Sweet potatoes are high in potassium, beta carotene, B vitamins, and fiber. Just one medium-sized sweet potato packs over 400% of the Reference Daily Intake (RDI) of vitamin A.
What’s more, the average potato contains about 4 grams of fibre, almost half of which is soluble.
Therefore, sweet potatoes can contribute significantly to your total soluble fiber intake.
Soluble fiber may be important for weight management. The more of it you eat, the greater the release of gut-satiety hormones, which may help reduce your overall appetite.
Soluble fibre content: 1.8 grams per one-half cup (150 grams) of cooked sweet potato.
Broccoli is a cruciferous vegetable that grows well in cool seasons. It’s usually dark green, but you can also find purple varieties.
It’s high in vitamin K, which helps your blood clot, and is a good source of folate, potassium, and vitamin C. It also has antioxidant and anticancer properties.
Broccoli is a good source of dietary fiber, with 2.6 grams per 3.5 ounces (100 grams), more than half of which is soluble.
The high amount of soluble fiber in broccoli can support your gut health by feeding the good bacteria in your large intestine. These bacteria produce beneficial short-chain fatty acids, such as butyrate and acetate.
Soluble fibre content: 1.5 grams per one-half cup (92 grams) of cooked broccoli.
Carrots are one of the most popular and tasty vegetables on Earth.
Boiled or steamed, carrots are a key ingredient in many recipes, but they can also be grated into salads or used to make desserts like carrot cake.
With good reason, you may have been told as a child to eat carrots to help you see in the dark.
Carrots are packed with beta carotene, some of which is converted into vitamin A. This vitamin supports your eyes and is particularly important for night vision.
One cup (128 grams) of chopped carrots contains 4.6 grams of dietary fibre, 2.4 of which are soluble.
Since many people enjoy this vegetable daily, it can be a key source of soluble fiber.
Soluble fibre content: 2.4 grams per cup (128 grams) of cooked carrots.
Apples are one of the most commonly eaten fruits in the world. Most varieties are quite sweet, but others like Granny Smith can be very sour.
“An apple a day keeps the doctor away” is an old proverb that may have some truth, as eating this fruit is associated with a lower risk of many chronic diseases.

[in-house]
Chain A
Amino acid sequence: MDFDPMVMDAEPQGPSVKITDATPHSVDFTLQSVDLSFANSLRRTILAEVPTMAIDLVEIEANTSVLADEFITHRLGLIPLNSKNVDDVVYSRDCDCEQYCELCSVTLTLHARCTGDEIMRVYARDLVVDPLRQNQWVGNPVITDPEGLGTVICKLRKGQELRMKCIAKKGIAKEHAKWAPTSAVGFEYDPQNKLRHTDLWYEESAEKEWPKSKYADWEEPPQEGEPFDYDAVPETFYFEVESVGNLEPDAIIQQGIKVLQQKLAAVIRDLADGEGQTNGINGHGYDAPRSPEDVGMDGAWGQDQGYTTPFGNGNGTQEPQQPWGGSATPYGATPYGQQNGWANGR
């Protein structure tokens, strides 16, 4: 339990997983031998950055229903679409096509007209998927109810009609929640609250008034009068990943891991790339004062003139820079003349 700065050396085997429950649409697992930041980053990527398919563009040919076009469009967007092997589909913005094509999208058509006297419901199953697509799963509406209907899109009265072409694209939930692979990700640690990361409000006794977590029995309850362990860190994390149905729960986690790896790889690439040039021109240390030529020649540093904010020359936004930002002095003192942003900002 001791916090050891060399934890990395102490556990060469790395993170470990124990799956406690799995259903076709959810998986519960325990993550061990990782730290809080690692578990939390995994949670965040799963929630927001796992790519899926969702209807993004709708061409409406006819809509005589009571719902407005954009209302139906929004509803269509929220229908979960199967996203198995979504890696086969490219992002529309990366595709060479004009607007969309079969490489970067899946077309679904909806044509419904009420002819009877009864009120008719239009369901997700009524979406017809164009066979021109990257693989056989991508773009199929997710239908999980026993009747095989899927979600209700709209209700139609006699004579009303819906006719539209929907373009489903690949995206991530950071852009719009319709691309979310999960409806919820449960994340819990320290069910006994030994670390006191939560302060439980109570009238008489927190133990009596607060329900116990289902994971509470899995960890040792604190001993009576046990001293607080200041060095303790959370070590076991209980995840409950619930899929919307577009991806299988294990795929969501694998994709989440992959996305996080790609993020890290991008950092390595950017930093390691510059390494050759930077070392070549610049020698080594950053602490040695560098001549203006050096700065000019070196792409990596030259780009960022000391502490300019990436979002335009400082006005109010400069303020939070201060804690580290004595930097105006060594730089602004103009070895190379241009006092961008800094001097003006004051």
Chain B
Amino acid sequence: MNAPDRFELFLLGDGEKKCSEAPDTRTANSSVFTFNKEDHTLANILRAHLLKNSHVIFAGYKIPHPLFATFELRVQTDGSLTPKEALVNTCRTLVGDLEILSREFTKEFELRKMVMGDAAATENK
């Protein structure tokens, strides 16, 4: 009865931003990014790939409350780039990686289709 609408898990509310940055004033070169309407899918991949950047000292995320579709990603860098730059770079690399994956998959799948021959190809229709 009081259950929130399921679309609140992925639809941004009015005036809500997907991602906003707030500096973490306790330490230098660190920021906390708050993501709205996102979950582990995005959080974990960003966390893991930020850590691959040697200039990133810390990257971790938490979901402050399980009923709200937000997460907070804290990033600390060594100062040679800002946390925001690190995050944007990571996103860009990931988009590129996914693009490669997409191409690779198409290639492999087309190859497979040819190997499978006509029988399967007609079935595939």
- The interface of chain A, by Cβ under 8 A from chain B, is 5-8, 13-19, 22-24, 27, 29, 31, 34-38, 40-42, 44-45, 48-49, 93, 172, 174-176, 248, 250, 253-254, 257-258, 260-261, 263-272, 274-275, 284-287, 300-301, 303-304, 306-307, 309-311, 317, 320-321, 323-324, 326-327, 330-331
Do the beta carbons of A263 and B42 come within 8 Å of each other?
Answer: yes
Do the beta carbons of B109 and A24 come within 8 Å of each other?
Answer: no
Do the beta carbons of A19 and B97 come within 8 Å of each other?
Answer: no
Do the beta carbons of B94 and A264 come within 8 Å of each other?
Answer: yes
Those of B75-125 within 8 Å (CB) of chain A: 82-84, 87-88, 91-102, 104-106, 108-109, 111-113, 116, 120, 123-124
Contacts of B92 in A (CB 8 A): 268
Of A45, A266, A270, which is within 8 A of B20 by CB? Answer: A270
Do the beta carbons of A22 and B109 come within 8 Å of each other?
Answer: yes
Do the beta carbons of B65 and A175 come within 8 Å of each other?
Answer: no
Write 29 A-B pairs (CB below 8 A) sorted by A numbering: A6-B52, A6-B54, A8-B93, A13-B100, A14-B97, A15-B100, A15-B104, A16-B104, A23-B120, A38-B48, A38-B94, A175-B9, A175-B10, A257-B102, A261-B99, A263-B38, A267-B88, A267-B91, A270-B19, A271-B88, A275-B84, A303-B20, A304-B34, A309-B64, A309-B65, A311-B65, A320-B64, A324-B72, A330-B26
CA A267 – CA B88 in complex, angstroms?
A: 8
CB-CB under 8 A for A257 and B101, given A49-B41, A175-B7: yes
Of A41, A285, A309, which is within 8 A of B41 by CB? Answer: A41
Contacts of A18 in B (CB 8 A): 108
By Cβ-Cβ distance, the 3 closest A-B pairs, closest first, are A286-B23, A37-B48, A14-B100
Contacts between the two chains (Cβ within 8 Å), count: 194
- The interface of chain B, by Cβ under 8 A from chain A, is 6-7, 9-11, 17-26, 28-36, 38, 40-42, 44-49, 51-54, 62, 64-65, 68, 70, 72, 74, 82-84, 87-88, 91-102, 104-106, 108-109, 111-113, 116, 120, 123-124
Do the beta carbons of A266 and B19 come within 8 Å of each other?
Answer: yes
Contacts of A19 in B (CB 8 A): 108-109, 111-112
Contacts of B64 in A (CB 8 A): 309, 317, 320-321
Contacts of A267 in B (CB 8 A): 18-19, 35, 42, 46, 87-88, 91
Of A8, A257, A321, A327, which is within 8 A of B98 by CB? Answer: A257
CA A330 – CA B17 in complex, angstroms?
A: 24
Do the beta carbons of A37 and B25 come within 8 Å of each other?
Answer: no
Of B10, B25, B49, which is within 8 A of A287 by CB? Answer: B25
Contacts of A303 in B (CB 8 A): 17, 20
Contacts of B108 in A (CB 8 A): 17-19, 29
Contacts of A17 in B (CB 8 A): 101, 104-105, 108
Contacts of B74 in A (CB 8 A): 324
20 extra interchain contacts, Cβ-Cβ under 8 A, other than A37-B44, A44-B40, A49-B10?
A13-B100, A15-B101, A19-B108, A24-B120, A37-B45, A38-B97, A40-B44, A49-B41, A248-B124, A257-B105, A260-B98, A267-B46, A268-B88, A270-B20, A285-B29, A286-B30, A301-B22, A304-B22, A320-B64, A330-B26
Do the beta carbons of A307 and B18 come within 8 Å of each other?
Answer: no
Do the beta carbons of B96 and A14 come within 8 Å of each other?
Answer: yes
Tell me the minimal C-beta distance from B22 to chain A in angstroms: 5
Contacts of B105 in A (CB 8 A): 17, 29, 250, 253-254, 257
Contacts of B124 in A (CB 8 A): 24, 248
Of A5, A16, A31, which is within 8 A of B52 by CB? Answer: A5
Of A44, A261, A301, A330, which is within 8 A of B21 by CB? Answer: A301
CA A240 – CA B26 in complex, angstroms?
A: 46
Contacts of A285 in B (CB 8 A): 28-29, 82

Apples pack various vitamins and minerals and are a good source of the soluble fiber pectin. Apple pectin may have many health benefits, such as a reduced risk of heart disease and improved gut function.
Soluble fibre content: 1 gram per medium-sized apple
Guavas are a tropical fruit native to Mexico and Central and South America. Their skin is typically green, while the pulp can range from off-white to deep-pink.
One guava packs 3 grams of dietary fibre, about 30% of which is soluble.
This fruit has been shown to reduce blood sugar, as well as total cholesterol, triglycerides, and LDL (bad) cholesterol levels in healthy people. In part, this may be due to the soluble fibre pectin, which can delay the absorption of sugar.
Soluble fiber content: 1.1 grams per raw guava fruit.
Flax seeds, also known as linseeds, are tiny brown, yellow, or golden seeds.
They pack a nutritious punch and can be a great way to improve the nutrient content of your smoothies, breads, or cereals.
Sprinkling 1 tablespoon of ground flax seeds over your porridge can add an extra 3.5 grams of fiber and 2 grams of protein to your breakfast. They’re also one of the best plant-based sources of omega-3 fats.
If possible, soak ground flax seeds overnight, as this allows their soluble fiber to combine with water to form a gel, which may aid digestion.
Soluble fibre content: 0.6–1.2 grams per tablespoon (14 grams) of whole flax seeds.
Written by: Sarah Amah.